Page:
They began as a cry for freedom in the Middle East, but the Arab rebellions have become increasingly characterized by an ancient sectarian conflict between Sunni and Shiite Muslims. SPIEGEL examines how the power struggle between the two groups is sparking new fears along old frontlines.
In the countries that follow the Muslim faith, the lines between past and present often blur, making it seem as though the past is not over, and certainly not forgiven. Indeed, the past can come terribly alive here, and it can turn terribly deadly, again and again, every day.
When representatives from around the world convened in the Iranian capital of Tehran last Thursday for the start of a Summit of the Non-Aligned Movement, an annual meeting of 120 nations that view themselves as not aligned for or against any major powers, the focus was suddenly on 1,300-year-old battles, murders and power struggles. The host was Iranian President Mahmoud Ahmadinejad, a Shiite. Next to him on the dais was Egypt’s new President Mohammed Morsi, a Sunni.
Morsi began his opening address with a mention of the Prophet Muhammad, but then continued, “May Allah’s blessing be upon our masters Abu Bakr, Umar, Uthman and Ali.”
Iranian media immediately took the statement as a provocation. Abu Bakr, Umar and Uthman were Muhammad’s successors after the Prophet’s death in 632. Sunni Muslims venerate them as the first caliphs — but Shiite Muslims consider them usurpers and traitors to the faith, hated figures whose very names should not be spoken. Muhammad’s true successor, Shiites say, was Ali, their first imam, who later fought against the other three before being murdered.
Morsi went on to discuss the present situation in Syria, where Bashar Assad is overseeing the massacre of rebels who are mostly Sunni. Assad and his clique belong to the country’s Alawite minority, which is more closely aligned with the Shiites. “The bloodshed will not stop without intervention from outside,” the Egyptian president declared, saying that Assad’s regime had lost all legitimacy. Morsi, a Sunni, made these statements while sitting next to the Shiite Ahmadinejad, who has been providing the Syrian regime with weapons and now fighters too.
Morsi must know that any country that intervenes in Syria risks ending up at war with Iran as well. The frontlines of the conflict between Sunnis and Shiites run through many countries in the Middle East, and those who fan the flames in one part of the region may find themselves under fire in another part entirely.
Power and Faith
The war that the regime in Damascus is waging against Syria’s mostly Sunni rebels is increasingly taking on denominational characteristics, and not just within the country. The struggle is also drawing in external participants belonging to both camps. Soldiers from Lebanon’s militant Islamist group Hezbollah, which is Shiite, have come to help the regime, as have elite forces from Iran, while Libyan volunteers have joined the rebels, who also receive significant amounts of money from Saudi Arabia and Qatar.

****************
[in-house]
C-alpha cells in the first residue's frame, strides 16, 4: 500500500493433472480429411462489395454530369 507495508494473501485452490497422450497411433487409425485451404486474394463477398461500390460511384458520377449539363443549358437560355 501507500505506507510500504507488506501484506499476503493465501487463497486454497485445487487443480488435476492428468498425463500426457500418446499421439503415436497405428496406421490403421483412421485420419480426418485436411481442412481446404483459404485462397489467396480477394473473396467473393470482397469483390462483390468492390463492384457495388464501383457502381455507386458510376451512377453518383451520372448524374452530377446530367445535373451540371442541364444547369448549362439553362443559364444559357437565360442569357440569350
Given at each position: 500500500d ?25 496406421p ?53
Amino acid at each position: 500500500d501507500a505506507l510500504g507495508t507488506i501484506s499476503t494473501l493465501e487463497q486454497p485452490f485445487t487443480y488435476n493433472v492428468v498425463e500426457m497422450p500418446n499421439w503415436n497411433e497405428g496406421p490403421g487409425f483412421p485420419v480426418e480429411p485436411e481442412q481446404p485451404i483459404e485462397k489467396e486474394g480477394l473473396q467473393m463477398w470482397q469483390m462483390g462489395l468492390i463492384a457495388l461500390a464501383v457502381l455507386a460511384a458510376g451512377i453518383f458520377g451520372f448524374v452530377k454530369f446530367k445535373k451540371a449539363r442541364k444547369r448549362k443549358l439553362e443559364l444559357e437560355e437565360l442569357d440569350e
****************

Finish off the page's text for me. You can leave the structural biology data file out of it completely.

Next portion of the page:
In Iraq, attacks by Sunni radicals are on the rise once again as the Shiite government forces Sunnis out of positions of power. Sunni terrorists groups in Pakistan murder Shiites, and even a Shiite mosque in Belgium was the target of an arson attack this March that killed the mosque’s imam. The presumed attacker, a radical Sunni, declared after his arrest that he had acted out of revenge for Iran’s military aid to Syria.
Shiites make up only 10 to 13 percent of the world’s 1.4 billion Muslims, but their representation in the states around the Persian Gulf is significantly higher. Shiites account for 90 percent of the population in Iran, 70 percent in Bahrain, over 60 percent in Iraq, 35 percent in Kuwait and around 10 percent in Saudi Arabia.
In the Islamic world, where power and faith have always commingled, political conflicts often become religious ones, turning into a question of power that cuts along one of the region’s most important frontlines.
A Dangerous Rebellion
Yet in a sense the Sunnis’ rise to power in the face of Assad’s coming downfall is little more than an adjustment to reflect the demographic situation in Syria, which is home to considerably more Sunnis than Alawites.
Something similar happened in 2003, when the Shiite majority took over power in Iraq at the same time as Hezbollah, also Shiite, was making gains in Lebanon. In 2005, Jordan’s King Abdullah II, a Sunni, warned of a “Shiite crescent” that would soon stretch from Baghdad to Tehran. Now the pendulum is swinging back in the other direction.
For a time during the revolutions in Tunisia, Libya and Egypt, it seemed that the divide between Sunnis and Shiites didn’t play a significant role. But things look different in Syria, which is another reason why this is a particularly dangerous rebellion.
There is an apocalyptic prophecy in Islam, which some attribute to the Prophet Muhammad. It’s only a fragment, the legend of an evil being known as the Sufyani, which will one day arrive to sow death and ruin among the faithful. This tradition, supposedly ascribed to Muhammad, says the Sufyani will rise from the depths of the Earth beneath Damascus.
Spiegel has the full extensive article